The general program flow is:

  1. Initialize: read input parameters
  2. Log in to remote server with credentials
  3. Make the request.
  4. Receive the response (allow for timeouts and errors).
  5. Log out from server.
  6. Present the response data (or status if error).

This means we need to, at the least, create object instances at run-time based on text strings like “Account” or “LEAD” or “product” — users might use any case.


Part of what makes this interesting is that while record types have lots of fields (over 100 in most cases), requests to the web service only use the fields of interest.

For example, the query above uses only four fields from the Account record. The request to the web service would look very generally like this:

Query Account
        State: MN
End Query

The presence of the field in the query means we want that field’s value. Providing a value for a field in a query acts as a filter.

The response is similar, but the fields are filled in with the values from the database:

List Account:
        Name: Frobosh Incorporated
            City: St. Paul
            State: MN
            Zipcode: 55123
End List

Only requested fields are returned, but note that a query can result in a list of Accounts. Even if only one is found, the returned result is still a list (of one).

(The actual request and response are in web services XML.)


The record types, and their large number of fields, are defined in a vendor-provided WSDL file. This lends itself to automatic code generation to avoid having to write code for each field of each record type (of each operation).

A big part of this project had to be the ability to generate code on the fly based on text inputs.


Here’s an approach, but it’s one with problems:

Account acct = new Account();

Account_Query qry = new Account_Query();
qry.login(UserName, Password);
Account[] data = qry.get(acct);

Account.sort(data, OrderByFields);
for d in data {
    print(d.getName1(), d.getAddressZip(), d.getAddressCity());

The main problem is the need to hard-code even the simplest query as a new and separate Java project. There’s no good way to automatically handle the fields we need (among the 100+ available). Even the output is hard-coded.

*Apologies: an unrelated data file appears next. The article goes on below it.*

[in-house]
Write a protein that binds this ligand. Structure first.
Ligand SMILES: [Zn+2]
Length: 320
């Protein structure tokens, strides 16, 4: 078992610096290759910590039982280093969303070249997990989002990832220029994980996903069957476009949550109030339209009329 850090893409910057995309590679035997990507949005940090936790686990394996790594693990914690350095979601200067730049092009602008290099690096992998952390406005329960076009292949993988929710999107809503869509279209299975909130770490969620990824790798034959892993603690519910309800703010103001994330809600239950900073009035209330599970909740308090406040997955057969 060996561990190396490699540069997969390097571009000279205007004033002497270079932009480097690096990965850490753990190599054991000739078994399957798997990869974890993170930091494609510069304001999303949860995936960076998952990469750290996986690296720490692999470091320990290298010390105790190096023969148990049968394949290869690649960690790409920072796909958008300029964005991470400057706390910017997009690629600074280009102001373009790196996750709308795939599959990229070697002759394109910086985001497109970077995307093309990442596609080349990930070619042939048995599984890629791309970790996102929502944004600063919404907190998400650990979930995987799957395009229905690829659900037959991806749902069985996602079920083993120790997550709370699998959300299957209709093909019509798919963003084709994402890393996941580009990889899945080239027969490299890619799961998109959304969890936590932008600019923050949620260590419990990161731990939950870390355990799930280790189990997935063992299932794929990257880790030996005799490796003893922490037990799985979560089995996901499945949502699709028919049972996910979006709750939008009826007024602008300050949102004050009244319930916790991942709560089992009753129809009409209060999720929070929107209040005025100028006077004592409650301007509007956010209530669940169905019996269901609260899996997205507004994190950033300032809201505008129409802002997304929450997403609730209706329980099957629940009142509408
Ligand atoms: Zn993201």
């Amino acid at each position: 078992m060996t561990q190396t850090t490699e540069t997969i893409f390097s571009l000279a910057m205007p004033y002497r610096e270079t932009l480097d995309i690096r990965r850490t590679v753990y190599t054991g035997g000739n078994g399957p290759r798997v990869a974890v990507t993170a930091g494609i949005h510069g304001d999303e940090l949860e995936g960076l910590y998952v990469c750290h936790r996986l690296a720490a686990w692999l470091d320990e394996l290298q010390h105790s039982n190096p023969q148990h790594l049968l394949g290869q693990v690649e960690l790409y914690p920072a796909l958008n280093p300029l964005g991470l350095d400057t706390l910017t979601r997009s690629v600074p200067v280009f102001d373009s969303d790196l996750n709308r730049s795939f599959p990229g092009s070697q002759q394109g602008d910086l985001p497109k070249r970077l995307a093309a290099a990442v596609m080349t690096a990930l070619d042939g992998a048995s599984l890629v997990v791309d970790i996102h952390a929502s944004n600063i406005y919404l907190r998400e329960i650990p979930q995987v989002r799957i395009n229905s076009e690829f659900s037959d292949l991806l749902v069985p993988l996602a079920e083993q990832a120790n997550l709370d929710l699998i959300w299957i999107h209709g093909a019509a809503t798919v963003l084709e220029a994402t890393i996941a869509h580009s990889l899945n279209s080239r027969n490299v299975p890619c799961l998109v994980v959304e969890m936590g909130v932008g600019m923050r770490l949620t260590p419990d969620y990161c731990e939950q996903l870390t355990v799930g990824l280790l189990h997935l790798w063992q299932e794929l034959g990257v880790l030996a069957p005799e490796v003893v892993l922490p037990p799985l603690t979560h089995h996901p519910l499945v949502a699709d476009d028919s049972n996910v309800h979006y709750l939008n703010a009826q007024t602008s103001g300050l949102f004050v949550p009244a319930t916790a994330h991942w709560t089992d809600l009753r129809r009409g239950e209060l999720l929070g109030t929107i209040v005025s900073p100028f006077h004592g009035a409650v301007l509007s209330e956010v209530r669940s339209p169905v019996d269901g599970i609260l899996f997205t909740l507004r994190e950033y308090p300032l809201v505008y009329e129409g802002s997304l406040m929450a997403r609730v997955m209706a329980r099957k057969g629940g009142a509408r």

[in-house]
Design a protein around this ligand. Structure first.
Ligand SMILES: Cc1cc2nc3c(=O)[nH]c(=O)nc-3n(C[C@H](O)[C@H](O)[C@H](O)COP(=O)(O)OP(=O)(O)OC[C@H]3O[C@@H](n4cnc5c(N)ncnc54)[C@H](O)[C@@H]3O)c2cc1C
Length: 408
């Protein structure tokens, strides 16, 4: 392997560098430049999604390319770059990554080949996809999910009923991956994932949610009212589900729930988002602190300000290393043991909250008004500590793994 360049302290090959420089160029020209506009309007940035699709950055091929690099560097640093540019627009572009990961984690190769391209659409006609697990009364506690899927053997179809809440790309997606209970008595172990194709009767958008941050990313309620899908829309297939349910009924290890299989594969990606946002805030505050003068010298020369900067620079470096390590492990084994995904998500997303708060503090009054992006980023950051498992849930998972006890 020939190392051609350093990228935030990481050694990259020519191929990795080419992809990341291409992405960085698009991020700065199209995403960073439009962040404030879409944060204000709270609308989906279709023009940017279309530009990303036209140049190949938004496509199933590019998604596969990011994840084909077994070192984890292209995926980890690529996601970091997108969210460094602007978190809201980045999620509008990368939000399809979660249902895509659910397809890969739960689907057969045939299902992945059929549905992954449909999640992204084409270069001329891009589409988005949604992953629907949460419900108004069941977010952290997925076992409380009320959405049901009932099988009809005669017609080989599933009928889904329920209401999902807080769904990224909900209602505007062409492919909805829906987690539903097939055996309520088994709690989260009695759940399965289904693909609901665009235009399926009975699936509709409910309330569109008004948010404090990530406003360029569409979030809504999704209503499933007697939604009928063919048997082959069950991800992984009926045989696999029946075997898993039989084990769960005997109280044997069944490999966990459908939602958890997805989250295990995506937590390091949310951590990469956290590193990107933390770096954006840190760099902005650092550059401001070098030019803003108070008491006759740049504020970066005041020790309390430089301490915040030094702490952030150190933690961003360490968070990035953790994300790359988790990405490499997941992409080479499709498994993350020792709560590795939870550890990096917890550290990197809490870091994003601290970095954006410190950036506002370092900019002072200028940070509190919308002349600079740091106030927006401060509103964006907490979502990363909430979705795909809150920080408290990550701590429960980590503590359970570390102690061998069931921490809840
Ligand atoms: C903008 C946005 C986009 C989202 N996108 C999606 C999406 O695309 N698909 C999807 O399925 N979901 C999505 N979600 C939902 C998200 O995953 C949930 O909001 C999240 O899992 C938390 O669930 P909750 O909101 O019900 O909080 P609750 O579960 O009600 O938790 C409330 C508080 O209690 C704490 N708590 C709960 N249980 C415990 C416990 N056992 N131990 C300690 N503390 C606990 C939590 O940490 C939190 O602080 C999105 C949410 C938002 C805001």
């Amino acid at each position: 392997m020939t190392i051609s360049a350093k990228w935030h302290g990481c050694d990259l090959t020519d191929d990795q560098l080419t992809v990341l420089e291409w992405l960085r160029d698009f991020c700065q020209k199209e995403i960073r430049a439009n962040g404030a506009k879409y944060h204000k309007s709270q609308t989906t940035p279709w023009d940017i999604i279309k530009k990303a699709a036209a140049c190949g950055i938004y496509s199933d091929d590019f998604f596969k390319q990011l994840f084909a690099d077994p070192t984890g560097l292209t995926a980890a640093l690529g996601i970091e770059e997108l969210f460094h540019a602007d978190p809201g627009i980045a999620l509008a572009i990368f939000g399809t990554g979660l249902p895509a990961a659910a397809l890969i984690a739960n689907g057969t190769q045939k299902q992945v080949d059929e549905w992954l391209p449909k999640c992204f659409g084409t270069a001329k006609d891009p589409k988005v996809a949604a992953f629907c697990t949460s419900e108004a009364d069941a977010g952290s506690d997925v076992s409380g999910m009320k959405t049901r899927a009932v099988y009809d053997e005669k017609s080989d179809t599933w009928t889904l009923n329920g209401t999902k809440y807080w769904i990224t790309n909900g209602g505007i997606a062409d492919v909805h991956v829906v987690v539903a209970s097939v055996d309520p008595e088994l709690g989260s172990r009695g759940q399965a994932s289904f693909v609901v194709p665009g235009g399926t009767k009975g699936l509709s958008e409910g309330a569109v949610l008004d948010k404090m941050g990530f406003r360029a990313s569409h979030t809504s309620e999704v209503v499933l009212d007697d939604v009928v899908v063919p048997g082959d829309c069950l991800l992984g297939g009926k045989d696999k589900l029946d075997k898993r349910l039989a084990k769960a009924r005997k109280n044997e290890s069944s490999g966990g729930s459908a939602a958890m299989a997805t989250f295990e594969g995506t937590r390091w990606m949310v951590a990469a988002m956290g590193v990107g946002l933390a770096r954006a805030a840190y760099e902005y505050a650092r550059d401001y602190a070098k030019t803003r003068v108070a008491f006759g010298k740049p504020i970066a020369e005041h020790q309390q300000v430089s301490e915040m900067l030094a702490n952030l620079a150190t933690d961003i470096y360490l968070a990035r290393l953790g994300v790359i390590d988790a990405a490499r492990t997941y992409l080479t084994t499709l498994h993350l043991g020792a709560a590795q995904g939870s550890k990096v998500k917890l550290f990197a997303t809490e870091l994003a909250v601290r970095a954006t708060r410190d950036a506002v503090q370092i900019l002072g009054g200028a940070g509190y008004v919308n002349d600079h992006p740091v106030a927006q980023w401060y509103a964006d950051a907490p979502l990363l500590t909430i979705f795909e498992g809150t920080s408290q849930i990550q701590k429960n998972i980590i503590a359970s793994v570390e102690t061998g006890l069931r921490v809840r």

Note that this code punts on the sorting with the mysterious OrderByFields variable. That would be a list of field names, which again shows the need to access fields by name.


Here’s a better approach:

Record recd = Record.newRecord(Type);
for (f in SelectFields) {
    recd.setField(f.name, "");
for (f in WhereFields) {
    recd.setField(f.name, f.value);

Query qry = Query.newQuery(Type);
qry.login(UserName, Password);
Record[] data = qry.get(recd);

SortRecords(data, OrderByFields);
for (d in data) {
    for (f in SelectFields) {

This code works with any Record type. The Type variable is the record name (for example, “Account”). The SelectFields, WhereFields, and OrderByFields, variables are all lists of name/value pairs.

That means the entire query can be parameterized by strings, which is exactly what’s needed.


I’ll leave it there for now. Explaining the factory classes (and the factory factory class) will take a post of its own.

But here’s a quick taste:

TypeFactoryFactory FF = new TypeFactoryFactory();
ITypeFactory TF = FF.getTypeFactory(Type);
IQuery qry = TF.getQuery();
IRecord rcd = TF.getRecord();

The use of Interfaces makes the code 100% generic. The Type variable, again, would be something like “Account” or “Lead”.


I was really proud of this project; it turned out even better than I imagined.

The irony is that I was forced into it as a last-minute save, had to start from scratch, and was under serious time and corporate expectations pressure. A solution had been promised, but the assigned programmer really munged things up (and was transferred out of our department as a result).

Not the first time that happened, actually, but that’s other stories.

With projects this complex, I’m very thankful for a language like Java and a really good programmer’s IDE (such as Eclipse). I also use GVim for heavy editing sessions.

Good tools make it much easier to do good work!